NASHVILLE, Tennessee – A group of business owners, employees and musicians gathered Tuesday outside Metro Nashville City Hall to protest Mayor John Cooper’s ongoing safer-at-home order.
Cooper’s current safer-at-home order is in effect until Friday, May 8.
During his daily COVID-19 briefing Tuesday, Cooper said in considering the expiration of his safer-at-home order he would be “spending a lot of time with all the public health experts in the next 24 to 48 hours to see how soon it really is prudent to move on into Phase One” of the Roadmap for Reopening Nashville.
Dozens of protest participants primarily from downtown businesses sported gear with logos including Tootsies, Honky Tonk Central and Kid Rock’s Honky Tonk, all entertainment venues of business owner Steve Smith.
Smith was initially a hold-out against Cooper’s safer-at-home order but complied shortly after the issuance of the order.
Protestors held a variety of signs reflecting their livelihood and the city’s moniker, including “Put The Music Back in Music City,” “No Music, No City,” “Starving Artist,” “Let Us Play,” “Aren’t Musicians Essential to Music City?” and “It’s Time To Open.”
Perhaps demonstrating to Cooper their commitment to protecting against the spread of the coronavirus, nearly all of the protest participants were wearing a face mask.
Metro Council Member-At-Large Steve Glover joined the group, despite being in about a six-hour virtual council meeting until about midnight.
Glover, as an at-large council member represents all of Nashville/Davidson County, told The Tennessee Star he felt that he had to be there to support the participants.
While 89 counties in Tennessee have begun reopening under Governor Bill Lee’s direction even as Nashville remains closed, Cooper has added insult to injury by proposing a 32 percent property tax increase as part of his budget for the upcoming fiscal year.
Glover had already started his campaign against the exorbitant property tax increase and took the opportunity at Wednesday’s event to bring it to the attention of the attendees.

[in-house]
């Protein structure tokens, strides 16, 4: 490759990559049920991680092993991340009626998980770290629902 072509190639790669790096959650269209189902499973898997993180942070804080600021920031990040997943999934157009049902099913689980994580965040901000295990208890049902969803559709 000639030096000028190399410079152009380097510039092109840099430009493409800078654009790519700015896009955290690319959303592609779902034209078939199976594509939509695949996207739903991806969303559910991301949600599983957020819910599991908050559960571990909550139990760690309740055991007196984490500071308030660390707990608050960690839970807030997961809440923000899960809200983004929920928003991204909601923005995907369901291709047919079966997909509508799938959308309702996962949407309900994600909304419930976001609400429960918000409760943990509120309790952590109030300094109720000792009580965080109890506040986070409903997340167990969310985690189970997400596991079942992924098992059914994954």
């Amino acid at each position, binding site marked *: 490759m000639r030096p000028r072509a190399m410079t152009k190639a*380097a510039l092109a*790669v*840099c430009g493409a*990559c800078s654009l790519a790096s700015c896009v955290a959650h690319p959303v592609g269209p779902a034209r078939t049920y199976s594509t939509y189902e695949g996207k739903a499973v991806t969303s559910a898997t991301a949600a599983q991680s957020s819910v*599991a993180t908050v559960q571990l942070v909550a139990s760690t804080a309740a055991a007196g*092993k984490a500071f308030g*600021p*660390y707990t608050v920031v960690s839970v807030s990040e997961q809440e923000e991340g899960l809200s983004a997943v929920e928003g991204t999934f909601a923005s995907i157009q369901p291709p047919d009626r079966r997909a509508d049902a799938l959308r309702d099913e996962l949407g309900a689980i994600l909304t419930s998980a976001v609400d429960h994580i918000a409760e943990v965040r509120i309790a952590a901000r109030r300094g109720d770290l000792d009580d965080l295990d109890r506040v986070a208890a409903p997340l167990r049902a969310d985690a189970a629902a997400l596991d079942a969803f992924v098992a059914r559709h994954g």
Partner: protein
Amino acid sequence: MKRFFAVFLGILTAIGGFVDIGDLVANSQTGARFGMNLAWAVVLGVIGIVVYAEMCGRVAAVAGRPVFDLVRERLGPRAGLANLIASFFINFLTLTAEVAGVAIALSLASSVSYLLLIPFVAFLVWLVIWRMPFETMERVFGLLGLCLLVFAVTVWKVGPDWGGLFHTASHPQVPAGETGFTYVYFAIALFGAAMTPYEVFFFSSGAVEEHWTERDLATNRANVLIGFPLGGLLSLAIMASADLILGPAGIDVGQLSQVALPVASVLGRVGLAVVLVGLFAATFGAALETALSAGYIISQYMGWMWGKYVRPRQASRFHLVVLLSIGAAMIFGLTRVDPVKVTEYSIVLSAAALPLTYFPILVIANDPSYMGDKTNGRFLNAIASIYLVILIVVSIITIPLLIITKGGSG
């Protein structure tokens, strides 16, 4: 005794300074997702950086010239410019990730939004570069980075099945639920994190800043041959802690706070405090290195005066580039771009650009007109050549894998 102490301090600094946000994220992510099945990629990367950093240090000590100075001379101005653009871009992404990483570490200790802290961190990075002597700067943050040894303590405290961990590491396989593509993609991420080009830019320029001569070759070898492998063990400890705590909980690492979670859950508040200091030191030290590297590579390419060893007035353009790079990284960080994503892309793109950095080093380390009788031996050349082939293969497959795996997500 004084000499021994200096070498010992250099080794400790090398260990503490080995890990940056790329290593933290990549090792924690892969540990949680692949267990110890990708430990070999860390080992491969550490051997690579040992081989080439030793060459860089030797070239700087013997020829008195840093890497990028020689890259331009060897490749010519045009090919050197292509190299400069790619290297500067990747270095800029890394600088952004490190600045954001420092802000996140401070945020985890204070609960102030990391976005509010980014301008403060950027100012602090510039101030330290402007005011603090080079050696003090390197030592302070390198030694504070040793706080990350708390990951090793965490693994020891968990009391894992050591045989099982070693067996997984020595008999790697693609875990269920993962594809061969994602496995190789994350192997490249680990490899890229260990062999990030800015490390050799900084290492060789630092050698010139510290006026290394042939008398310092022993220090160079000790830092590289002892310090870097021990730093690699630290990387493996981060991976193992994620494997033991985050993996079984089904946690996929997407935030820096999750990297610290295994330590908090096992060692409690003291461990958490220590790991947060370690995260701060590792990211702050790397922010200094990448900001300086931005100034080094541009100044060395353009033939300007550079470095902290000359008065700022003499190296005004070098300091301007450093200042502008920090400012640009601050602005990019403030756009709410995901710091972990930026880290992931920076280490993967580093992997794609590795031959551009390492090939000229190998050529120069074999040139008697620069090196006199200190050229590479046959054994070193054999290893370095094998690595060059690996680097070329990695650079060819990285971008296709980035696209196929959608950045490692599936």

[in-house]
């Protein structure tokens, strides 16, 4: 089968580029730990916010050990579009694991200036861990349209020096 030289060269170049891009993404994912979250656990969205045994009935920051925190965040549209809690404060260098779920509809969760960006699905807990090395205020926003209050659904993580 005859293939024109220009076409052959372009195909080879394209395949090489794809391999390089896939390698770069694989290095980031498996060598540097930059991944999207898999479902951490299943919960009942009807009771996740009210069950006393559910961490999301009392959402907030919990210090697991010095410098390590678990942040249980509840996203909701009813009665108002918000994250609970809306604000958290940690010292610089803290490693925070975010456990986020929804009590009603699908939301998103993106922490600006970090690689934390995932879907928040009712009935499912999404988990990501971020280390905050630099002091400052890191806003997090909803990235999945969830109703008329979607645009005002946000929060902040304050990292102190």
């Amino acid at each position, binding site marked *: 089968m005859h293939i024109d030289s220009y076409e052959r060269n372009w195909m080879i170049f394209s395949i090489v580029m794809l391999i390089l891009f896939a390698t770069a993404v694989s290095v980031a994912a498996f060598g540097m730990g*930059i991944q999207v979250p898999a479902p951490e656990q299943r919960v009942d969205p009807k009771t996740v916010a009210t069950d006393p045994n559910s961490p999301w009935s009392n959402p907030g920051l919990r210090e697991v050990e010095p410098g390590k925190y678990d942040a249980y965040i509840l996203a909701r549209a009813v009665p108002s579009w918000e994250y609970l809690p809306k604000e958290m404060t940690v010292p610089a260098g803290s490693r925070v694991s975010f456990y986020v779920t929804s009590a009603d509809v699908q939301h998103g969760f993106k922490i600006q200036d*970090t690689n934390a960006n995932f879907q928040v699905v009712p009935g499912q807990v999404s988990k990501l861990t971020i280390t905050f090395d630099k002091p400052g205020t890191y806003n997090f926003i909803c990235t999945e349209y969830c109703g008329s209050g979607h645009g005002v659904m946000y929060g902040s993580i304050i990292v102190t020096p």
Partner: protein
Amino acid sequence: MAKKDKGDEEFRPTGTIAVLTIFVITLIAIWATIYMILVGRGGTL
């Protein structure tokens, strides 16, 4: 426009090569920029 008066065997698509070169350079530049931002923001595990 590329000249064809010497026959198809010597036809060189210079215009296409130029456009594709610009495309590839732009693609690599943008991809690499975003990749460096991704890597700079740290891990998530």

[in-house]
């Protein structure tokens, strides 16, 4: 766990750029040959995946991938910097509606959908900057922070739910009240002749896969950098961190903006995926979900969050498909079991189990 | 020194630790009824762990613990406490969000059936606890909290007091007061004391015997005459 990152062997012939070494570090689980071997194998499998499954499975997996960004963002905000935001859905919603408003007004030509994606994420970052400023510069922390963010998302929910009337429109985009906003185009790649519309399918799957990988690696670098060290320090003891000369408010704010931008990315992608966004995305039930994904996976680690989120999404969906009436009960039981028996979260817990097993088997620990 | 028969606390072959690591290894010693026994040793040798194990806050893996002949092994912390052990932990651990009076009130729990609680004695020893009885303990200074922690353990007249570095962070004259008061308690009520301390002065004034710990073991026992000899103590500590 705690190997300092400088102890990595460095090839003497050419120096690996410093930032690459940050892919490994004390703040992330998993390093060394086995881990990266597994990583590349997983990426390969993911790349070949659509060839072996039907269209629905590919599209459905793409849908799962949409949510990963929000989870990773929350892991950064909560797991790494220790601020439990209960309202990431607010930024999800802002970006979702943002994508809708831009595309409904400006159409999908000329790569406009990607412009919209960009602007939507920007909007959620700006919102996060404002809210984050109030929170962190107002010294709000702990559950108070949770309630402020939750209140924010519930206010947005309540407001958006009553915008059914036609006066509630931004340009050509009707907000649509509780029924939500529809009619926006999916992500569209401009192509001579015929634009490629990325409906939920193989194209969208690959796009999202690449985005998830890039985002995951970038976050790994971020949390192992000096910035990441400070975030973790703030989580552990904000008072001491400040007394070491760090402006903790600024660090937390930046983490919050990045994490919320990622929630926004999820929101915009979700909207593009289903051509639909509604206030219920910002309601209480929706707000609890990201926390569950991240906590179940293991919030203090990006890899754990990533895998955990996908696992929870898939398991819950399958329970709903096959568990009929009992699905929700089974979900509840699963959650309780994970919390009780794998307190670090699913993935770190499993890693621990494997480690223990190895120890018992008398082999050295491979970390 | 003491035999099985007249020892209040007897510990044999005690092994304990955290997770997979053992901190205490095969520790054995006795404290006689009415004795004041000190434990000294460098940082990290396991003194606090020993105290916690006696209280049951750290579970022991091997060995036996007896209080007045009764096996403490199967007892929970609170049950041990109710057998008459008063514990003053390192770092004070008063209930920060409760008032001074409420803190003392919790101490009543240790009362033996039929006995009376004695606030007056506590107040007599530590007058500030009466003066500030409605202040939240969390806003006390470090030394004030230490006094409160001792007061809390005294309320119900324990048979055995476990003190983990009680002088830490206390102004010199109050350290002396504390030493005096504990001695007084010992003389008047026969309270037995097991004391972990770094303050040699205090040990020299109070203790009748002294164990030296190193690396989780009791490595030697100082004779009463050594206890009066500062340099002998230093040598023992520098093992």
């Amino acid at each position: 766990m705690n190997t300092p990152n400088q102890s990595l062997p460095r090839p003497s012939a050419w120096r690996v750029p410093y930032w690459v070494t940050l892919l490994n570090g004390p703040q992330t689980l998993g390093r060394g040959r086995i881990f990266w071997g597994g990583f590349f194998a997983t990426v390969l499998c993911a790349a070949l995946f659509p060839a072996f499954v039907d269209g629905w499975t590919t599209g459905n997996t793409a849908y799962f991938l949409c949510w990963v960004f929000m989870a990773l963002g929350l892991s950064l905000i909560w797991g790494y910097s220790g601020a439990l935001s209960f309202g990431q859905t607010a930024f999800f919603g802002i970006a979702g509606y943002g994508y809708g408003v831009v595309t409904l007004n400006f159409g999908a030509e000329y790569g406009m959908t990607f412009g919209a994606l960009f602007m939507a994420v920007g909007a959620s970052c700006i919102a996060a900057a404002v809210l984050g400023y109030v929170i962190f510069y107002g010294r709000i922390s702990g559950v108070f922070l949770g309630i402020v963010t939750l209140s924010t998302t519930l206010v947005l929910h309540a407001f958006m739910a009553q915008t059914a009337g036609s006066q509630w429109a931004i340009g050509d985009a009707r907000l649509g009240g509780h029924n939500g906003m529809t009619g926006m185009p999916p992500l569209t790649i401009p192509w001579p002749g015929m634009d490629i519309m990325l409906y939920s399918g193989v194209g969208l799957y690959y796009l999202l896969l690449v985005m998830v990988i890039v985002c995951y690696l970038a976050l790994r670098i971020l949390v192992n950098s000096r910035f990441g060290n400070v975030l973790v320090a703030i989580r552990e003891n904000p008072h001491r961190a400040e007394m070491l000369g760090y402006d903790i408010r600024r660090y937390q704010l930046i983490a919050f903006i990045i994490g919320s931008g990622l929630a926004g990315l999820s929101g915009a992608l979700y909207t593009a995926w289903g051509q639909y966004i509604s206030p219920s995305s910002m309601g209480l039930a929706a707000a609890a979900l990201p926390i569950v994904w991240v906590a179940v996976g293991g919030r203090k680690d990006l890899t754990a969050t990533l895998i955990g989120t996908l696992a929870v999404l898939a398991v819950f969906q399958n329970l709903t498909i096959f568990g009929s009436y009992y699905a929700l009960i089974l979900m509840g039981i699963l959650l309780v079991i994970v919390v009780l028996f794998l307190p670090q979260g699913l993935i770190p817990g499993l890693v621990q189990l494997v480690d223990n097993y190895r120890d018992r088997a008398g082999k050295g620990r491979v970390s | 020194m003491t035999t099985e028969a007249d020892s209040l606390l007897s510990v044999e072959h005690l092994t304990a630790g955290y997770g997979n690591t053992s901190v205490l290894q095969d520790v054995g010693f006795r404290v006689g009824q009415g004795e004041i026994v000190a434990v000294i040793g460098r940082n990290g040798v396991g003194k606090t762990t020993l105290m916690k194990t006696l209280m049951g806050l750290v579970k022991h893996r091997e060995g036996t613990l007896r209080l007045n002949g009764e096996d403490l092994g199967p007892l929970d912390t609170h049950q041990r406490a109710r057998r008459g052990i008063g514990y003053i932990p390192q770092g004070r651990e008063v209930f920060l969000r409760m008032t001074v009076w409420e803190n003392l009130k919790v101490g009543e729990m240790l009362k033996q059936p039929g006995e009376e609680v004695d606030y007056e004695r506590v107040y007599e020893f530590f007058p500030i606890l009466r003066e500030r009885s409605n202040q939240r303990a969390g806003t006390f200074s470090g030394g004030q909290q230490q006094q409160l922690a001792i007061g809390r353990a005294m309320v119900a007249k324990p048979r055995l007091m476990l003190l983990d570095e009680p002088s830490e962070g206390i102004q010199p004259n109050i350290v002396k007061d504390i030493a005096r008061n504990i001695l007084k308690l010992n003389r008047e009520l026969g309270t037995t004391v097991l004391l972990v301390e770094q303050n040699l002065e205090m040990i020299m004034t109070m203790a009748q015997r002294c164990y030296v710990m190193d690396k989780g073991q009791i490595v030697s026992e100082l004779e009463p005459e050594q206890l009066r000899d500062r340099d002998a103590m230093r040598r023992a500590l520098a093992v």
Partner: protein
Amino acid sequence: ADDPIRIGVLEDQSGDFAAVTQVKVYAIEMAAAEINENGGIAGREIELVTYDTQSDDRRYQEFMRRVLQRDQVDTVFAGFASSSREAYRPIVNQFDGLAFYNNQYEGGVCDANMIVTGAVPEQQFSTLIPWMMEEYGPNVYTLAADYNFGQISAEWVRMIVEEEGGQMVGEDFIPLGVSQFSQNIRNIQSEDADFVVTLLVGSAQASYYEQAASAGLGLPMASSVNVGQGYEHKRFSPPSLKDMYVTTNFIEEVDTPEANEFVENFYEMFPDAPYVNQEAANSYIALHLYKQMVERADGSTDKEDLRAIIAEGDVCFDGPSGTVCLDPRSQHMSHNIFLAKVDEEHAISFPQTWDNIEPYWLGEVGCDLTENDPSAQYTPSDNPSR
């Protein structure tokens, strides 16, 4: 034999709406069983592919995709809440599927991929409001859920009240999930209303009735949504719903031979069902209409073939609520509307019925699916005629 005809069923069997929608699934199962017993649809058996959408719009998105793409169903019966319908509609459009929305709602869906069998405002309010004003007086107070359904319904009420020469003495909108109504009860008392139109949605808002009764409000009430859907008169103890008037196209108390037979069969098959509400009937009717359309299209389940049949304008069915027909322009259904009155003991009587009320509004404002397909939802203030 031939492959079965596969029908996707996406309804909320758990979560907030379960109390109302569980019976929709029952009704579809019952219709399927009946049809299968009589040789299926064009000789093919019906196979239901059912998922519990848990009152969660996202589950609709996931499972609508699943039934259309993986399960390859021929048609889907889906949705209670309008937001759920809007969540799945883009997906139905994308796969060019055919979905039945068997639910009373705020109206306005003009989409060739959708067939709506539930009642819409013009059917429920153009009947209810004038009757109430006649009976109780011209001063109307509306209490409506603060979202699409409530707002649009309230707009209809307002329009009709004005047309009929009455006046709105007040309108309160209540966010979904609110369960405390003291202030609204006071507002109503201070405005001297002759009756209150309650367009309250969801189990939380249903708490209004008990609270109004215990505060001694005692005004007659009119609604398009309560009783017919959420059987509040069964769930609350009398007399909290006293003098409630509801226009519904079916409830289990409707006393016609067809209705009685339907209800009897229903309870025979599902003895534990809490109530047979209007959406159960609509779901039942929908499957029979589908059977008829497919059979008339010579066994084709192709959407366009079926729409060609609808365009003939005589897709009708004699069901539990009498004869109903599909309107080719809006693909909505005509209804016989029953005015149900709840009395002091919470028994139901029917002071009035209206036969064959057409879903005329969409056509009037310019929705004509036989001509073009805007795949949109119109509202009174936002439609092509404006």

“We’re literally saying we’re going to fix our spending problem, taking the money out of your pocket,” said Glover, “and I’m not going to stand by and just let it happen.”
Meanwhile, “non-essential” businesses remain shut down, making no revenue to pay the increased property tax and having no indication of when Cooper will allow the start of Phase One of the Roadmap.
And, as Cooper explained Tuesday, “Phase One is not the end of social distancing. Phase One is just another phase of social distancing.”
The reality is, for downtown merchants, entering Phase One will be of little to no use.
Phase One of Cooper’s Roadmap for Reopening Nashville will still require that restaurants serving food be open at just half capacity, while bar areas, bars, live music and entertainment venues remain closed, as will nail salons, salons, massage, gyms, fitness centers, playgrounds and athletic courts.
Only after 14 days of stability or positive improvement will there will be movement to Phase Two, which continues to prohibit live music and bars, bar areas and entertainment venues from reopening.
Under the current Roadmap provisions, an unrestricted, full reopening of the venues on Lower Broadway – if all goes perfectly from an expired stay-at-home order on May 8 through each of the Roadmap’s first three phases – could not occur until June 19.
That will be nearly three months since the venues were closed through the safer-at-home order that went into effect on March 23.
– – –
Laura Baigert is a senior reporter at The Tennessee Star.